Michiana Chronicles: Making up statistics
Ken Smith has a hunch about the data.
I like to make up statistics. Let me be clear about that. I’m not talking about doing research and tallying reams of data until a few precious numbers pop up in amber on my monitor. I’m talking about just making up the numbers.
Here’s my method. If I have a hunch about something, for example, that many of our fellow citizens grow weary of their careers, then I’ll make a guess. What percentage of our neighbors drag their feet on the way to work, stare into the distance once they get there, and like a box full of old socks spark hardly any joy among customers and co-workers? And when the dog meets them at the front door in the evening, is it a fifty-fifty chance which one will snarl first? What percentage of people are living lives of quiet desperation, as Thoreau called it? Who knows, but I bet we all have a hunch. How many of the folks you know sigh on Sunday evening?
Once I have my hunch, I choose a precise number. In my head I say, “In due time, 45% of Americans become disenchanted with their careers and begin the unpretty slide into a life of quiet or not-so-quiet desperation.” Then, just to be honest about my invented statistic, I’ll say to the person I’m talking to, “I like to invent statistics. You know, just make them up. Did you know that 45% of Americans dislike their joyless careers?”
Having announced my invented statistic, something interesting usually follows. Looking at the people around us in our town, the two of us might decide that 45% is a surprisingly low or surprisingly high figure. We might talk about why so many of our neighbors feel sour about their lives, and what could be done about that. All that waste of human spirit and creativity, all that gray drudgery, does it really have to be that way?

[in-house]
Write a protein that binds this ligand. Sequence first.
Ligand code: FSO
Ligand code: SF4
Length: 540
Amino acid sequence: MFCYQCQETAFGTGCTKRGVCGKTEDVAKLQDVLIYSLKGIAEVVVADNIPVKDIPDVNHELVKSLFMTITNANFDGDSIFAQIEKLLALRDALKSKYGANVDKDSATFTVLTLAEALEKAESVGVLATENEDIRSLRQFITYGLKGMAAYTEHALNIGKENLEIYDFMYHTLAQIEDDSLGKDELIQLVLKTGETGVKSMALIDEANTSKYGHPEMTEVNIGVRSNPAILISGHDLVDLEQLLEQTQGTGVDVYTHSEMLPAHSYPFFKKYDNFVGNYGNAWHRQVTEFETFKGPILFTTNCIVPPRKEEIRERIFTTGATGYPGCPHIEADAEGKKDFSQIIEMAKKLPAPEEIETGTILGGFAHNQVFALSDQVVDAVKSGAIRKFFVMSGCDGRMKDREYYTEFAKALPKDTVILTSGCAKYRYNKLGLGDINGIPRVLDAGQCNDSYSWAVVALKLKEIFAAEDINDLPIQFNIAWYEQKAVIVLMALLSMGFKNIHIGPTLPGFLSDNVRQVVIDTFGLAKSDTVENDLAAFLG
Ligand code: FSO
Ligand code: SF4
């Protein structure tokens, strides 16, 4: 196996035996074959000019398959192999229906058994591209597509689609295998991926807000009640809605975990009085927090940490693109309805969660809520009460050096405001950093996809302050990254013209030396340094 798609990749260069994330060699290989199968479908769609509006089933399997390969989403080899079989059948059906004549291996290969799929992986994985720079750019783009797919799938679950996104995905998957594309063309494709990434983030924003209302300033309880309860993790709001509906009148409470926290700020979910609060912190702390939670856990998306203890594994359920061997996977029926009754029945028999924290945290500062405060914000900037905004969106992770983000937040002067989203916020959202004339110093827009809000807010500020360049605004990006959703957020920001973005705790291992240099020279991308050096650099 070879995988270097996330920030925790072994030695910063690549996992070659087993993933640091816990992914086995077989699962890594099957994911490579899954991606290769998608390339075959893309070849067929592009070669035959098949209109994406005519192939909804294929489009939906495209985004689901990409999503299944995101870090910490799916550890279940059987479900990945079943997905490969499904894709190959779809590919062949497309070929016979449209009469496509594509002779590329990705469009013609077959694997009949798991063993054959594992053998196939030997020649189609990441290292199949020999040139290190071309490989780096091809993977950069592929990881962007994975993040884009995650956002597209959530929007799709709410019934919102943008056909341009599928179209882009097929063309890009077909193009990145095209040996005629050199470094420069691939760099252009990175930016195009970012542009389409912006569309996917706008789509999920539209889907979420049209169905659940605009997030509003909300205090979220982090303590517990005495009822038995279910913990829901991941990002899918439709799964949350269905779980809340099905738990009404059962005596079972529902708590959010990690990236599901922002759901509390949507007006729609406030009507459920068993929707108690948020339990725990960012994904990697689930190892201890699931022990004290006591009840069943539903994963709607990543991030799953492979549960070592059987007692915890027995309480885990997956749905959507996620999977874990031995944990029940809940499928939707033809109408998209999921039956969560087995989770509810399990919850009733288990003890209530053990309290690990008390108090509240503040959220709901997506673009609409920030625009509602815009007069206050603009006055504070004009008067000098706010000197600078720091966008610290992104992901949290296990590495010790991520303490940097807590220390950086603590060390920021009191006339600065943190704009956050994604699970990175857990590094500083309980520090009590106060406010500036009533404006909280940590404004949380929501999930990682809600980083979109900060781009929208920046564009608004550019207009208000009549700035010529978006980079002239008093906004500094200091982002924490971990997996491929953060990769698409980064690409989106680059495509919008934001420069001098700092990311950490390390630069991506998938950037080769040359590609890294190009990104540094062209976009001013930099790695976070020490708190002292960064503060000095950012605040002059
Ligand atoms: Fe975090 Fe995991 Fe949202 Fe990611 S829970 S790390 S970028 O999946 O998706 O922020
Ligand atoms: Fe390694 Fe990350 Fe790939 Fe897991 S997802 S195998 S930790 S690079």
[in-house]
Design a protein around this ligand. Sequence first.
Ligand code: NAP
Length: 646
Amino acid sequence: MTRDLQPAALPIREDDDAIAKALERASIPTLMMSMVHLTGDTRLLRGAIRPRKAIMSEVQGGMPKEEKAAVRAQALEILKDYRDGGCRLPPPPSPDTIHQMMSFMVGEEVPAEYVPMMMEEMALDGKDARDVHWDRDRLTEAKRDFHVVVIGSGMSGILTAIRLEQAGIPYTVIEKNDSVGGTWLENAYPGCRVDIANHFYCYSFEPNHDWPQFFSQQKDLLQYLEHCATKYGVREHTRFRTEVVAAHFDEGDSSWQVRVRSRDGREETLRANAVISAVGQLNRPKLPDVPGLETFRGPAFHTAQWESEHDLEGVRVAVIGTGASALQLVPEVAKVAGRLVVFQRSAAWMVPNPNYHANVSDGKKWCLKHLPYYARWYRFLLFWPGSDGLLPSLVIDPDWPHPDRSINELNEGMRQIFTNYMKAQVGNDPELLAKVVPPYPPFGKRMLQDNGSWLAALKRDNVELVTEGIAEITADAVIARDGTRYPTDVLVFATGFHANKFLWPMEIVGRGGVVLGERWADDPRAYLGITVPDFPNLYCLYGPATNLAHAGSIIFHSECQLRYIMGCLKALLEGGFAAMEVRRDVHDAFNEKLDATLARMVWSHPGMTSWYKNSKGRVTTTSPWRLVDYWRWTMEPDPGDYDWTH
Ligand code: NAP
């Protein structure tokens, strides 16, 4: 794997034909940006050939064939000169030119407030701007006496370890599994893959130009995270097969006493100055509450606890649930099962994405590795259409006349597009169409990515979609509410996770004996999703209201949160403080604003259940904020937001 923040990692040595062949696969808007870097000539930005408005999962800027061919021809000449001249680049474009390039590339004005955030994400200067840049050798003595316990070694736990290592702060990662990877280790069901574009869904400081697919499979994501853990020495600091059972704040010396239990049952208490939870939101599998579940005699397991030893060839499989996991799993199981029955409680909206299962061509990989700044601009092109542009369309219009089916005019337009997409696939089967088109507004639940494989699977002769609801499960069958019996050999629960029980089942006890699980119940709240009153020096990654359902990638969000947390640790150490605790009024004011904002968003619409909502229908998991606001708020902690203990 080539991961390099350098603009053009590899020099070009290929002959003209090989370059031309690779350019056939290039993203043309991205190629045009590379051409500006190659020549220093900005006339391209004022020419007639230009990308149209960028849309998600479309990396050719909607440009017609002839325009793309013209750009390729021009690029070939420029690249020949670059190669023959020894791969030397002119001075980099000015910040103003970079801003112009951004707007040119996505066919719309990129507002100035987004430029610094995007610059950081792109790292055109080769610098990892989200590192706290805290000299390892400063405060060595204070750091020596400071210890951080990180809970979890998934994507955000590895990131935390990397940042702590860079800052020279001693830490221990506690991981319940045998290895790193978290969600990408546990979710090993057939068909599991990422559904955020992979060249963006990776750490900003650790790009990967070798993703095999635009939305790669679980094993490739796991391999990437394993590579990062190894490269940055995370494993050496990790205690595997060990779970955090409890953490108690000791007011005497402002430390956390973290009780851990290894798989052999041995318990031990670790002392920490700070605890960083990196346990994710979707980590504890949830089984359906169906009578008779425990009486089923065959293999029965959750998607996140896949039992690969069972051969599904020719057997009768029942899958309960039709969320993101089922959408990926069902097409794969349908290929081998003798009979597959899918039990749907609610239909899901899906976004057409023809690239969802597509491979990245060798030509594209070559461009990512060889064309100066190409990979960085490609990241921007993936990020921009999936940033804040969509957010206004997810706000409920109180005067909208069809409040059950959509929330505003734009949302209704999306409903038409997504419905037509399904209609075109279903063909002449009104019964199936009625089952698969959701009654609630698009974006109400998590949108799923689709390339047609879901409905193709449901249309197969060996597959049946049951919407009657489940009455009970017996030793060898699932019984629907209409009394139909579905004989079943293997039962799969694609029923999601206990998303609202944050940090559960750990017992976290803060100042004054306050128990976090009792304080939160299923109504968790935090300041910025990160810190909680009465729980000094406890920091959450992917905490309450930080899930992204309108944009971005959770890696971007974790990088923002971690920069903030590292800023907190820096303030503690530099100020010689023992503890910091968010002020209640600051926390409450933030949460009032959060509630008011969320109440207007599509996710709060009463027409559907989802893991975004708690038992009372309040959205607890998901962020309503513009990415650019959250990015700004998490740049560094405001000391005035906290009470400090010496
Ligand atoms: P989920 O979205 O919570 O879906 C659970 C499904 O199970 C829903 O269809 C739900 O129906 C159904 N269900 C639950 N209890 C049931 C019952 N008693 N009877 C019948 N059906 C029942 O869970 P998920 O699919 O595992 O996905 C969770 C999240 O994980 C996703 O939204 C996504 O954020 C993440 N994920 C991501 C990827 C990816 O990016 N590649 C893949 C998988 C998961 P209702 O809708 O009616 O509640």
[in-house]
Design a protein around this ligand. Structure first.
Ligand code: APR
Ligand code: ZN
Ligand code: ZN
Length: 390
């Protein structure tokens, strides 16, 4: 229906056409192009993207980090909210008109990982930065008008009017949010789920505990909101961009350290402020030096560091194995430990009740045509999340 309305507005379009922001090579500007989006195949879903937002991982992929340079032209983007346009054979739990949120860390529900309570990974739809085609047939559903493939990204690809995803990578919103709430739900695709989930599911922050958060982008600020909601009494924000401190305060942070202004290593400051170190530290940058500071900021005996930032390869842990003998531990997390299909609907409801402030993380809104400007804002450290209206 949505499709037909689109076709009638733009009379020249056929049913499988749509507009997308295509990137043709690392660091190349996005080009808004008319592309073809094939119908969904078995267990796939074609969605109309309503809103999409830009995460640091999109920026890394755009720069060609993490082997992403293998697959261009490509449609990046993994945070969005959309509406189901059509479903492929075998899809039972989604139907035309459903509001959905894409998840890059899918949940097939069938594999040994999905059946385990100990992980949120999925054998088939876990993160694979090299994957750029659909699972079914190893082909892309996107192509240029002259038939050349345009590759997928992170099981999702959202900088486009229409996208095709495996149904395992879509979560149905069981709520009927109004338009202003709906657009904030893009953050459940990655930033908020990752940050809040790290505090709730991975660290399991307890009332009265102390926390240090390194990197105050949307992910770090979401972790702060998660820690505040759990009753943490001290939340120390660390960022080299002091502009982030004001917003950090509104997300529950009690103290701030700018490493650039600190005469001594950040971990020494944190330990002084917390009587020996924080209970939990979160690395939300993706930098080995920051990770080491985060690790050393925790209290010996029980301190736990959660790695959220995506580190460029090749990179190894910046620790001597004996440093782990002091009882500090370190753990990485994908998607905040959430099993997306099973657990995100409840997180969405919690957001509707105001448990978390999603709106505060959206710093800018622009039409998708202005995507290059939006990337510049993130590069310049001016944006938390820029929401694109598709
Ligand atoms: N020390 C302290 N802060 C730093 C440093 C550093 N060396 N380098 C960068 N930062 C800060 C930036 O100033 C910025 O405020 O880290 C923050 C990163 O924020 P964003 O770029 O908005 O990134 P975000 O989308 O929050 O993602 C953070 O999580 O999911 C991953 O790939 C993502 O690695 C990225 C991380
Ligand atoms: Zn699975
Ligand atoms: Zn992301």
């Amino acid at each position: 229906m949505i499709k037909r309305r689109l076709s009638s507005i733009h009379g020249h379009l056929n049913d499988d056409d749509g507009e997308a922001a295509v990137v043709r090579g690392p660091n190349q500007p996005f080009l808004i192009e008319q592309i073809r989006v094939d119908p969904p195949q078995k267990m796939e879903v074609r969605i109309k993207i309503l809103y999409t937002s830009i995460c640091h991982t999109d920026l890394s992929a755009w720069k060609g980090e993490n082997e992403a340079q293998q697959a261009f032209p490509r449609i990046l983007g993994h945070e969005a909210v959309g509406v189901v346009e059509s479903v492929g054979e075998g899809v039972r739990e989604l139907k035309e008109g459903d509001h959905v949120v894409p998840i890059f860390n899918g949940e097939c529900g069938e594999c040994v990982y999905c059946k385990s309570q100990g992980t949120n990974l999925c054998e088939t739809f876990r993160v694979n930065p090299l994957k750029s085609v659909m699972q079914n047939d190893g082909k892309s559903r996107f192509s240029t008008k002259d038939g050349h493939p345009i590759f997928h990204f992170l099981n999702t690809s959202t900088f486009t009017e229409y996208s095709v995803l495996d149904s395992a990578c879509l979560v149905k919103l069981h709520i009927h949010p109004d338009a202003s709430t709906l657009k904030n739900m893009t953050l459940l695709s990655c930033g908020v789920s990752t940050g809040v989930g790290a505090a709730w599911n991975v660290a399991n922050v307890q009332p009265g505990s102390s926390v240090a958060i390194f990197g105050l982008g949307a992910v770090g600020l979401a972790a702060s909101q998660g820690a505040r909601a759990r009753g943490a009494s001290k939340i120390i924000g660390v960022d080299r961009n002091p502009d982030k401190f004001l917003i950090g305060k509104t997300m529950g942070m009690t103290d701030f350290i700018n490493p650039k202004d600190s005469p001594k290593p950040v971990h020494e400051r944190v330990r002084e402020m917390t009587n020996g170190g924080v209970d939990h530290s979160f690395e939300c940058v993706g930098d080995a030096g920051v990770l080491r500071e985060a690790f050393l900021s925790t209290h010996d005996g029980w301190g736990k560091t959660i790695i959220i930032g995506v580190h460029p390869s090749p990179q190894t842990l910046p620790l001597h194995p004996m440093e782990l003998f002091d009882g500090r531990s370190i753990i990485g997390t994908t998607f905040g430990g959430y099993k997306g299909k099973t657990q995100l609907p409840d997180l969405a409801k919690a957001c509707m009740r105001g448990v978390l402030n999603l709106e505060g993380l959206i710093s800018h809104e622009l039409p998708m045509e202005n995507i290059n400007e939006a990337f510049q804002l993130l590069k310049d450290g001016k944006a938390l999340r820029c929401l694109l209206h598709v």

Passing by a university campus the other day, I saw a tour group making its way down the sidewalk. Easy to see what they were up to—one person was walking backwards, gesturing left and right toward the monumental architecture, projecting memorized chatter from the diaphragm so everybody could hear. Back in the tour group, high schoolers tried to decide whether it was cool or uncool to be interested in this place. Parents were tallying payments in their heads and wondering how the next few years would shape up their dear, though gangly, offspring.
Based on my latest statistics, my advice to high school seniors about college is: “Don’t argue with your parents when they say ‘Of course you’re going to college for a career.’” After all, 45% of the people on your campus tour will grow to hate their careers.
Instead, I’d like the campus tour guide to say, “Come to our campus for a few years to find magical words. Each field of study has some. Using those words, young people see things in the world that are otherwise not easy to see. The words lead to power, and they open spaces to explore. Choose a field you might be able to love, memorize its words, use them to think until they become part of you. Doing so, you’ll notice new things about adulthood and creativity and freedom and making the world a better place. And once you find the right words, there’s a 72% chance that you can turn those words into your first career.”